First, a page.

# 1.0: Introduction

- Page ID
- 2193

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### Preface

These lecture notes are intented as a straightforward introduction to partial differential equations which can serve as a textbook for undergraduate and beginning graduate students.

For additional reading we recommend following books: W. I. Smirnov [21], I. G. Petrowski [17], P. R. Garabedian [8], W. A. Strauss [23], F. John [10], L. C. Evans [5] and R. Courant and D. Hilbert[4] and D. Gilbarg and N. S. Trudinger [9]. Some material of these lecture notes was taken from some of these books.

### Introduction

Ordinary and partial differential equations occur in many applications. An ordinary differential equation is a special case of a partial differential equation but the behavior of solutions is quite different in general caused by the fact that the functions for which we are looking at are functions of more than one independent variable.

Equation

$$F(x,y(x),y'(x),\ldots,y^{(n)})=0$$

is an *ordinary differential equation* of n-th order for the unknown function \(y(x)\), where \(F\) is given.

An important problem for ordinary differential equations is the *initial value problem*

\begin{eqnarray*}

y'(x)&=&f(x,y(x))\\

y(x_0)&=&y_0\ ,

\end{eqnarray*}

where \(f\) is a given real function of two variables \(x\),\(y\) and \(x_0,\), \( y_0\) are given real numbers.

**Picard-Lindelöf Theorem.** *Suppose
(i) \(f(x,y)\) is continuous in a rectangle*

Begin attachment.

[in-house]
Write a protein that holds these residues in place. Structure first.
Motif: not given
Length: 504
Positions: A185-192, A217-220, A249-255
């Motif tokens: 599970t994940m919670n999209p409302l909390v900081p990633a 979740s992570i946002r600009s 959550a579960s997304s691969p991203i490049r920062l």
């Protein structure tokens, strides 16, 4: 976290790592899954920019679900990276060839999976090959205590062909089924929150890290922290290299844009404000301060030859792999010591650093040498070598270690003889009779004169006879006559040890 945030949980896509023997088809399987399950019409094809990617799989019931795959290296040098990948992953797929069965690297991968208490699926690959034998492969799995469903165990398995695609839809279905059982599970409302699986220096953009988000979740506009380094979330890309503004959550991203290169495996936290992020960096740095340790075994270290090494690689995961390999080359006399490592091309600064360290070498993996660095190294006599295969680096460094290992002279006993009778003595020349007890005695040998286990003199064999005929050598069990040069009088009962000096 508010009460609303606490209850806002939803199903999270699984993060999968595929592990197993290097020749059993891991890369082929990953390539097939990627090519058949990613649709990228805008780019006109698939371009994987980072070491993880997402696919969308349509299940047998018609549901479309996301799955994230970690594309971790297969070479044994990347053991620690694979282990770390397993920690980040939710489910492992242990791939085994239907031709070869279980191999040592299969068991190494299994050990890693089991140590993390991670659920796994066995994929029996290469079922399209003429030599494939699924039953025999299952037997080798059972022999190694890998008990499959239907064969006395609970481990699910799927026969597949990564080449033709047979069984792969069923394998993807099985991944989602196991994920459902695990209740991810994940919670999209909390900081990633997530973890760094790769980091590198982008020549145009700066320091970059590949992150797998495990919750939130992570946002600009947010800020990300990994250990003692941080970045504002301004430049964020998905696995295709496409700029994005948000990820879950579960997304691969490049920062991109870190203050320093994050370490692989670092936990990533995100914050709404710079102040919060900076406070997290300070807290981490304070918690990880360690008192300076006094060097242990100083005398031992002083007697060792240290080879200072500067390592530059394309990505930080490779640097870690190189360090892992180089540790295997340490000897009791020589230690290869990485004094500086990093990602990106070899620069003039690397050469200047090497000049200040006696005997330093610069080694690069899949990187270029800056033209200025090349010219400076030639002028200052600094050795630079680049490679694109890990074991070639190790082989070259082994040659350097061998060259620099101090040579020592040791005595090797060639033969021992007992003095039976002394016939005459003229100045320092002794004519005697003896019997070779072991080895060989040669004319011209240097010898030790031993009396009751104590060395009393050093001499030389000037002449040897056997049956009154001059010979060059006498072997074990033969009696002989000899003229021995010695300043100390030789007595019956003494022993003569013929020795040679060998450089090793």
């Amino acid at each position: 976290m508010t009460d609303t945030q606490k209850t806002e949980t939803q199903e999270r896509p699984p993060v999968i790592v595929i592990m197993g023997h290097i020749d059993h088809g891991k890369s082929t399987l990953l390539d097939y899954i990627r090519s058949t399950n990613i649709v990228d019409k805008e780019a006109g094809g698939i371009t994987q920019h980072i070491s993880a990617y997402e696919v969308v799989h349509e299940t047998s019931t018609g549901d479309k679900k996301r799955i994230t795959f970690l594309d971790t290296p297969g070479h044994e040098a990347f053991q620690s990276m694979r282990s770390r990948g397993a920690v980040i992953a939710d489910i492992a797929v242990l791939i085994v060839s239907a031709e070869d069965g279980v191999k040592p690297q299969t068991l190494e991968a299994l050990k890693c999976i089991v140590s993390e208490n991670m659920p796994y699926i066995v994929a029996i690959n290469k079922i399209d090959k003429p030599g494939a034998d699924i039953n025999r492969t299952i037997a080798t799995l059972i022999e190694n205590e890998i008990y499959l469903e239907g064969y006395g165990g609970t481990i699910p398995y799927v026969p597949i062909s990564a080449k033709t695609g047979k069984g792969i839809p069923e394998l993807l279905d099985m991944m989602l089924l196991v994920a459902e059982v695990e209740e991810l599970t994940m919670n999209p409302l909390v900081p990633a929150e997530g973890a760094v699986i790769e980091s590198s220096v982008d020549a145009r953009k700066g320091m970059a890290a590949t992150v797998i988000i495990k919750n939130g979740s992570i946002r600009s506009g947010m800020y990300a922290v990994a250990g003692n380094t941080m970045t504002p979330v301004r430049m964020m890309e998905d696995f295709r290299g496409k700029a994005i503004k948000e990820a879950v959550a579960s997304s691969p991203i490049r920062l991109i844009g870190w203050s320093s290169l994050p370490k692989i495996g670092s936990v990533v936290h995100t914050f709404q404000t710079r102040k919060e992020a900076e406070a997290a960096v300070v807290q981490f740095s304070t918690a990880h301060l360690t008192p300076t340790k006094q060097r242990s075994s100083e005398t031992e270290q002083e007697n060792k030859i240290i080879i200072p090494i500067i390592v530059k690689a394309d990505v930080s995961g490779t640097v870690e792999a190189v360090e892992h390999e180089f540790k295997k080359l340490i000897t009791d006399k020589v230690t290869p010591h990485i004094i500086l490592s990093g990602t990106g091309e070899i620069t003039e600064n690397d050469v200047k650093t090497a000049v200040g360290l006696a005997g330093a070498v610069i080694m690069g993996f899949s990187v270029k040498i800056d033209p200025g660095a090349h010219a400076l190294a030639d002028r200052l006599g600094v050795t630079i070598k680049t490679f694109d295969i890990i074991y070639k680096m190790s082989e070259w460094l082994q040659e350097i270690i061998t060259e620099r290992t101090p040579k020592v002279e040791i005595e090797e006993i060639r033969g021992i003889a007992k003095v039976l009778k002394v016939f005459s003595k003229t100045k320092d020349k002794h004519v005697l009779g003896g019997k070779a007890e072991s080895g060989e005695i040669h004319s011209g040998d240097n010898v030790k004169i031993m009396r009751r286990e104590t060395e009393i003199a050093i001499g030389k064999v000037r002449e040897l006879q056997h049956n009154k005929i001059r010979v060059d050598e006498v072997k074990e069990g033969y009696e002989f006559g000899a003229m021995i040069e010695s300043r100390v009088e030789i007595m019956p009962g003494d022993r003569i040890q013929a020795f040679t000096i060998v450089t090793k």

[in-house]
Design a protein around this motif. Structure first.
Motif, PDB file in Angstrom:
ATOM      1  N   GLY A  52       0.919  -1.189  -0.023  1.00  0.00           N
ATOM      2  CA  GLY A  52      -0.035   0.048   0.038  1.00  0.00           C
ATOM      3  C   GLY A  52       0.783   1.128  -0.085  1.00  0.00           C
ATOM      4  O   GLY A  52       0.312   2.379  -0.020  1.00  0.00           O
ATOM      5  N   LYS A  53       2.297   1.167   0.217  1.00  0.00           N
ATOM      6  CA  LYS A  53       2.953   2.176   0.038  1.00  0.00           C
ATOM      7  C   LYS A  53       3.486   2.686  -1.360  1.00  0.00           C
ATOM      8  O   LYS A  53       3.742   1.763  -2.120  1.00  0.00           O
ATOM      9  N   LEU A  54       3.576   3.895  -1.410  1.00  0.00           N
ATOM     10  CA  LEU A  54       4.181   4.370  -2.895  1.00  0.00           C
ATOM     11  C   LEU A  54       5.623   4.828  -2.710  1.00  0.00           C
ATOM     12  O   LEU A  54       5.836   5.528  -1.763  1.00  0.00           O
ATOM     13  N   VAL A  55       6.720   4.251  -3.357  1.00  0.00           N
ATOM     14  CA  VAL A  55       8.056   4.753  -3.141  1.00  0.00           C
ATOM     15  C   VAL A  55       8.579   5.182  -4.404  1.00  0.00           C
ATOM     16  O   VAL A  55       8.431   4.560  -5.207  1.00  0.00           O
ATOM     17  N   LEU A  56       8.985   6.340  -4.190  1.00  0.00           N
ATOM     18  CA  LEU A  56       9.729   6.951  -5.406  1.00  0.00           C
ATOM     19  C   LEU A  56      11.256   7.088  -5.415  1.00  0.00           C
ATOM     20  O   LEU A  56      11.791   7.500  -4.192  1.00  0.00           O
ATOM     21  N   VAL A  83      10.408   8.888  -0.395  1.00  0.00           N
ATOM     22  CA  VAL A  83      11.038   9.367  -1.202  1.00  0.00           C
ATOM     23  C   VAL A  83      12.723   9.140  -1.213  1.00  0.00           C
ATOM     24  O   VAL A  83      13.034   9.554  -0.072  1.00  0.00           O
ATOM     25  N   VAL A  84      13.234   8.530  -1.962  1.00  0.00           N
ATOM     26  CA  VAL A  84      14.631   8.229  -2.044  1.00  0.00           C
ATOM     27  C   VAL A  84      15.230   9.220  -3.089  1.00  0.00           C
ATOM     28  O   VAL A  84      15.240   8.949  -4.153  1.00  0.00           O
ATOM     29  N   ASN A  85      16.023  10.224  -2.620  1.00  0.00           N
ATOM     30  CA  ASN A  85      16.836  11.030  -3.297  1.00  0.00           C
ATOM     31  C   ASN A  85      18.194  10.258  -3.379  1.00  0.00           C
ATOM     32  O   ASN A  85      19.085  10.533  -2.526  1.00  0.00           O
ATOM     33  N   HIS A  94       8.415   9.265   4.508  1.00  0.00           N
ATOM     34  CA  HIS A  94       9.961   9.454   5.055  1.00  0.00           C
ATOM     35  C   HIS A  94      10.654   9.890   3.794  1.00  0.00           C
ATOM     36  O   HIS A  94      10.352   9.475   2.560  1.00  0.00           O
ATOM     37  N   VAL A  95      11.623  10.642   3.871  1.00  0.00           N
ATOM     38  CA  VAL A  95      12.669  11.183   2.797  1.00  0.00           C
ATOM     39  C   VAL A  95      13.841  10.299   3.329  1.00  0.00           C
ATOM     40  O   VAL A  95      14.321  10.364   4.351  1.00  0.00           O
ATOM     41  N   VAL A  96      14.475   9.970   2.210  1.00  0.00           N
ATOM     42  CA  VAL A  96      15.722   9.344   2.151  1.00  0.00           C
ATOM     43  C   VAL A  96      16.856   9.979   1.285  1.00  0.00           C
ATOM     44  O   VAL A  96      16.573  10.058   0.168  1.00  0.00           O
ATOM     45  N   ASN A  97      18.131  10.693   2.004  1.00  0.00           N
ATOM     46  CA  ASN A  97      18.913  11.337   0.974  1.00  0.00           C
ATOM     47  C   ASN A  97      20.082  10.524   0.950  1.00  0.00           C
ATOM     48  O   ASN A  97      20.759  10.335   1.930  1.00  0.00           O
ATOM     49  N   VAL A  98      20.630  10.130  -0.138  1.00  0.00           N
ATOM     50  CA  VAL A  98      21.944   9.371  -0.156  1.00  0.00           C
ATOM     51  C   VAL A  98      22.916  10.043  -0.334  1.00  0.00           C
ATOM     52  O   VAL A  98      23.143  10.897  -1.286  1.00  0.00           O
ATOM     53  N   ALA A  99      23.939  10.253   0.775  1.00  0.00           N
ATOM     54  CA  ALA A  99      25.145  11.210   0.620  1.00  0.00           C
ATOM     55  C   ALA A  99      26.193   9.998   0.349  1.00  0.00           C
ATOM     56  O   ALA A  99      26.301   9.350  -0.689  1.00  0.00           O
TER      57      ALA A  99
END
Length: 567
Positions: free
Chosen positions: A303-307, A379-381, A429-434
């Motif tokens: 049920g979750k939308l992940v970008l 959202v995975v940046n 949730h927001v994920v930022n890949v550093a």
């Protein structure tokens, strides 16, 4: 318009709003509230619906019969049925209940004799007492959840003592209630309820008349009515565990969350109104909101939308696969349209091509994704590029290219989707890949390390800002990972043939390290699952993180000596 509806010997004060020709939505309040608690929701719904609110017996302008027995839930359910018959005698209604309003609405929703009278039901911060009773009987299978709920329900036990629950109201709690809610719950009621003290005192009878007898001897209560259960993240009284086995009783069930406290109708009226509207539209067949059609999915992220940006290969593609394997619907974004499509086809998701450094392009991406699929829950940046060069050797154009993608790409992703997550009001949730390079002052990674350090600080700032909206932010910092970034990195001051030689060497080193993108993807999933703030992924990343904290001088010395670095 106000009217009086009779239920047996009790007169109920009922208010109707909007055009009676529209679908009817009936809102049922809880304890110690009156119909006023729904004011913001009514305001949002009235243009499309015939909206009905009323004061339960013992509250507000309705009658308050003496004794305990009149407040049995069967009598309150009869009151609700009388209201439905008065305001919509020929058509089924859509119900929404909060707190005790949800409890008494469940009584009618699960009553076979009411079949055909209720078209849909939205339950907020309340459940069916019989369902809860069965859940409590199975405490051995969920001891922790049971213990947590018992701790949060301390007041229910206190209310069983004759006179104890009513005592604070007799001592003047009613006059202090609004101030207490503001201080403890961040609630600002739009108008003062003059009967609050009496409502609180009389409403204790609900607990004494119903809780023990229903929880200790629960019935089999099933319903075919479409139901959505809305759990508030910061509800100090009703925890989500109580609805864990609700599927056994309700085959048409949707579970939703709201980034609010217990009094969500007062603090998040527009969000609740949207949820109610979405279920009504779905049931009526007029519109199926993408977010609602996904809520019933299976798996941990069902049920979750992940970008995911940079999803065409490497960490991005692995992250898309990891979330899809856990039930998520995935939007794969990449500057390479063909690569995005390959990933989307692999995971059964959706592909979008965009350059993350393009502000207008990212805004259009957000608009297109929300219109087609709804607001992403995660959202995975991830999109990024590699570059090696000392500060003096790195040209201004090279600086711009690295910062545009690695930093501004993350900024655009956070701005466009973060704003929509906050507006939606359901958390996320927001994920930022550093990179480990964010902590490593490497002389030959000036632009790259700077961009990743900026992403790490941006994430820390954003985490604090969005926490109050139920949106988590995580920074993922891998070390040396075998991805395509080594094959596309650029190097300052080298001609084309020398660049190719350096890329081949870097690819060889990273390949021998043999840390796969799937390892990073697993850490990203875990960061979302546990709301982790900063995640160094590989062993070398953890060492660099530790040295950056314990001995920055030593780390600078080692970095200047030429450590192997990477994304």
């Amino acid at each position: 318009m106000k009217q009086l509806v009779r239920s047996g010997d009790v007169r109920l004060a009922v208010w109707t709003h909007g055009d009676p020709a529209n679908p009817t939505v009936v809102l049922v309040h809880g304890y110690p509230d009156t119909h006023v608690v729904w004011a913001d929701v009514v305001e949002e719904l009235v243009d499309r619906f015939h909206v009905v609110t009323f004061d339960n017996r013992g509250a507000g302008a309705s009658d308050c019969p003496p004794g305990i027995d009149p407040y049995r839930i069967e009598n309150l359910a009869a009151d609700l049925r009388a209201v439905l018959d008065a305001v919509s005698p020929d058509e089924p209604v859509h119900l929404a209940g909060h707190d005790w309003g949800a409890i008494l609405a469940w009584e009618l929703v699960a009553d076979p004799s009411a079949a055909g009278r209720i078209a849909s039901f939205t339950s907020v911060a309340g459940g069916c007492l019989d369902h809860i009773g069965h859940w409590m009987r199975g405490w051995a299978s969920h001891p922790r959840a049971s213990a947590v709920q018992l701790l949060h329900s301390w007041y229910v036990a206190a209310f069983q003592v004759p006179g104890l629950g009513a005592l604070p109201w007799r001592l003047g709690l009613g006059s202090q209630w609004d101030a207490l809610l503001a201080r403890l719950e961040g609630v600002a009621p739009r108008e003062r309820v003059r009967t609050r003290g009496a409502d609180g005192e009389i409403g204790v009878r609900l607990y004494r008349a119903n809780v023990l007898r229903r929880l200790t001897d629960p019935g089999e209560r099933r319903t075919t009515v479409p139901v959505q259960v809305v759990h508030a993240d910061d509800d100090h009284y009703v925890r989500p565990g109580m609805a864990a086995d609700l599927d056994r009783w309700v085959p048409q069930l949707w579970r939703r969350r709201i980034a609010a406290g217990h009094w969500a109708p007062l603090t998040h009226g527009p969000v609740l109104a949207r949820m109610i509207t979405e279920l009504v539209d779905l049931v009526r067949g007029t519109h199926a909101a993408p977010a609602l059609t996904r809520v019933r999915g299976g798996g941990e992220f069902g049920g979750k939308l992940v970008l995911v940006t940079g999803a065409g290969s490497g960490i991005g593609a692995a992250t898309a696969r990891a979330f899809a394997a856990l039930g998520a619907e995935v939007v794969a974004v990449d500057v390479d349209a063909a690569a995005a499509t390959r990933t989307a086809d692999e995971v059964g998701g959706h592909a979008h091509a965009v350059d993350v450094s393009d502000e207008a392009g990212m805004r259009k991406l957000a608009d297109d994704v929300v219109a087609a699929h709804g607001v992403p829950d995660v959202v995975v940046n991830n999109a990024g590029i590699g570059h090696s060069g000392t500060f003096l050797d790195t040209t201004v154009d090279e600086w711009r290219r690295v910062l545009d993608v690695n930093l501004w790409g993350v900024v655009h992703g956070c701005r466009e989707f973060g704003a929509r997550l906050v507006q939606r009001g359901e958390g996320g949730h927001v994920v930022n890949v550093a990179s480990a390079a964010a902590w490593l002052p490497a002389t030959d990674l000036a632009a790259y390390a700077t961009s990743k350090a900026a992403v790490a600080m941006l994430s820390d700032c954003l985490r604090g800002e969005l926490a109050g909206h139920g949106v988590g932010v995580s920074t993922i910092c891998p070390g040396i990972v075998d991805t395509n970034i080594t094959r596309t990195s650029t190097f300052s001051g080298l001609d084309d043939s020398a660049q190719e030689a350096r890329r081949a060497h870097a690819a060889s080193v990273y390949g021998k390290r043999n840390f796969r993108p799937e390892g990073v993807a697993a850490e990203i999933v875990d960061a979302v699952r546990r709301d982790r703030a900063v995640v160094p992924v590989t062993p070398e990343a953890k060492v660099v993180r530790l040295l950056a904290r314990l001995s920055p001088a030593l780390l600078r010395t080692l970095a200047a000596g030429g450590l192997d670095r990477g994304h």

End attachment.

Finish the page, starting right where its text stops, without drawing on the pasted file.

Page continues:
*$$Q=\{(x,y)\in{{\mathbb R}^2}:\ |x-x_0|<a,\ |y-y_0|<b\}.$$*

*(ii) There is a constant \(K\) such that \(|f(x,y)|\le K\) for all \((x,y) \in Q\).
(ii) Lipschitz condition: There is a constant \(L\) such that*

*$$|f(x,y_2)-f(x,y_1)|\le L|y_2-y_1|$$*

*for all \((x,y_1), (x,y_2)\).*

*Figure 1.0.1: Initial value problem*

*Then there exists a unique solution \(y\in C^1(x_0-\alpha,x_0+\alpha)\) of the above initial value problem, where \(\alpha=\min (b/K,a)\).*

The linear ordinary differential equation

$$y^{(n)}+a_{n-1}(x)y^{(n-1)}+\ldots a_1(x)y'+a_0(x)y=0,$$

where \(a_j\) are continuous functions, has exactly \(n\) linearly independent solutions. In contrast to this property the partial differential \(u_{xx}+u_{yy}=0\) in \({\mathbb R}^2\) has infinitely many linearly independent solutions in the linear space \(C^2(\mathbb{R})^2\).

The ordinary differential equation of second order

$$y''(x)=f(x,y(x),y'(x))$$

has in general a family of solutions with two free parameters. Thus, it is naturally to consider the associated *initial value problem*

\begin{eqnarray*}

y''(x)&=&f(x,y(x),y'(x))\\

y(x_0)&=&y_0,\ y'(x_0)=y_1,

\end{eqnarray*}

where \(y_0\) and \(y_1\) are given, or to consider the *boundary value problem*

\begin{eqnarray*}

y''(x)&=&f(x,y(x),y'(x))\\

y(x_0)&=&y_0,\ y(x_1)=y_1.

\end{eqnarray*}

*Figure 1.0.2: Boundary value problem*

Initial and boundary value problems play an important role also in the theory of partial differential equations. A *partial differential equation* for the unknown function \(u(x,y)\) is for example

$$F(x,y,u,u_x,u_y,u_{xx},u_{xy},u_{yy})=0,$$

where the function \(F\) is given. This equation is of second order.

An equation is said to be of *n-th order* if the highest derivative which occurs is of order \(n\).

An equation is said to be *linear* if the unknown function and its derivatives are linear in \(F\). For example,

$$a(x,y)u_x+b(x,y)u_y+c(x,y)u=f(x,y),$$

where the functions \(a\),\(b\),\(c\) and \(f\) are given, is a linear equation of first order.

An equation is said to be *quasilinear* if it is linear in the highest derivatives. For example,

$$a(x,y,u,u_x,u_y)u_{xx}+b(x,y,u,u_x,u_y)u_{xy}+c(x,y,u,u_x,u_y)u_{yy}=0$$

is a quasilinear equation of second order.

### Contributors

Integrated by Justin Marshall.